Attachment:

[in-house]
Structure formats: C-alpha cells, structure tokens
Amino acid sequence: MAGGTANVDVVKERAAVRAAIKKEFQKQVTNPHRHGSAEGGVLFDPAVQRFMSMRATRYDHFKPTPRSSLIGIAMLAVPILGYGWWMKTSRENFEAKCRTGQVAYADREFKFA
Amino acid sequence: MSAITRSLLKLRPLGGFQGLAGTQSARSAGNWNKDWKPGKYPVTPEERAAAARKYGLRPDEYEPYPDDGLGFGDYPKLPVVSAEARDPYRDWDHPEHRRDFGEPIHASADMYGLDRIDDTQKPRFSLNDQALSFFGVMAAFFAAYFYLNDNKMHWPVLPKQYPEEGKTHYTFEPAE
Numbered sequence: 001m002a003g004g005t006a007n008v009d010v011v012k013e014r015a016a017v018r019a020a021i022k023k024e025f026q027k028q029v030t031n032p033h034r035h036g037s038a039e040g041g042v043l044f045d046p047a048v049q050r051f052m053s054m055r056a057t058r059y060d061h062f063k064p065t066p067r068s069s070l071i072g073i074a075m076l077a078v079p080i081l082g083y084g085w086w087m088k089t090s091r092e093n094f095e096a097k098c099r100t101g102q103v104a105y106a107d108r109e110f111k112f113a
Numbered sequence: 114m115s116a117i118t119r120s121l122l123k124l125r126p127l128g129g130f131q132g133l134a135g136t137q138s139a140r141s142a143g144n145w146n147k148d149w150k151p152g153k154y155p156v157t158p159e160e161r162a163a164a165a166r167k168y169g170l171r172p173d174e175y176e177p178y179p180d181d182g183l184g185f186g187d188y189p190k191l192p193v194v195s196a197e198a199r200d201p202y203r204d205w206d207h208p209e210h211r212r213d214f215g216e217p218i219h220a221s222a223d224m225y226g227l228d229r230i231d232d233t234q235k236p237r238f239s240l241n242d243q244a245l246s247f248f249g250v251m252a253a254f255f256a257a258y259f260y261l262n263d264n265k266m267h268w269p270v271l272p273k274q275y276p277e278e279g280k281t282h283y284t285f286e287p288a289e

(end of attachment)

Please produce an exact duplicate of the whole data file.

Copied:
[in-house]
Structure formats: C-alpha cells, structure tokens
Amino acid sequence: MAGGTANVDVVKERAAVRAAIKKEFQKQVTNPHRHGSAEGGVLFDPAVQRFMSMRATRYDHFKPTPRSSLIGIAMLAVPILGYGWWMKTSRENFEAKCRTGQVAYADREFKFA
Amino acid sequence: MSAITRSLLKLRPLGGFQGLAGTQSARSAGNWNKDWKPGKYPVTPEERAAAARKYGLRPDEYEPYPDDGLGFGDYPKLPVVSAEARDPYRDWDHPEHRRDFGEPIHASADMYGLDRIDDTQKPRFSLNDQALSFFGVMAAFFAAYFYLNDNKMHWPVLPKQYPEEGKTHYTFEPAE
Numbered sequence: 001m002a003g004g005t006a007n008v009d010v011v012k013e014r015a016a017v018r019a020a021i022k023k024e025f026q027k028q029v030t031n032p033h034r035h036g037s038a039e040g041g042v043l044f045d046p047a048v049q050r051f052m053s054m055r056a057t058r059y060d061h062f063k064p065t066p067r068s069s070l071i072g073i074a075m076l077a078v079p080i081l082g083y084g085w086w087m088k089t090s091r092e093n094f095e096a097k098c099r100t101g102q103v104a105y106a107d108r109e110f111k112f113a
Numbered sequence: 114m115s116a117i118t119r120s121l122l123k124l125r126p127l128g129g130f131q132g133l134a135g136t137q138s139a140r141s142a143g144n145w146n147k148d149w150k151p152g153k154y155p156v157t158p159e160e161r162a163a164a165a166r167k168y169g170l171r172p173d174e175y176e177p178y179p180d181d182g183l184g185f186g187d188y189p190k191l192p193v194v195s196a197e198a199r200d201p202y203r204d205w206d207h208p209e210h211r212r213d214f215g216e217p218i219h220a221s222a223d224m225y226g227l228d229r230i231d232d233t234q235k236p237r238f239s240l241n242d243q244a245l246s247f248f249g250v251m252a253a254f255f256a257a258y259f260y261l262n263d264n265k266m267h268w269p270v271l272p273k274q275y276p277e278e279g280k281t282h283y284t285f286e287p288a289e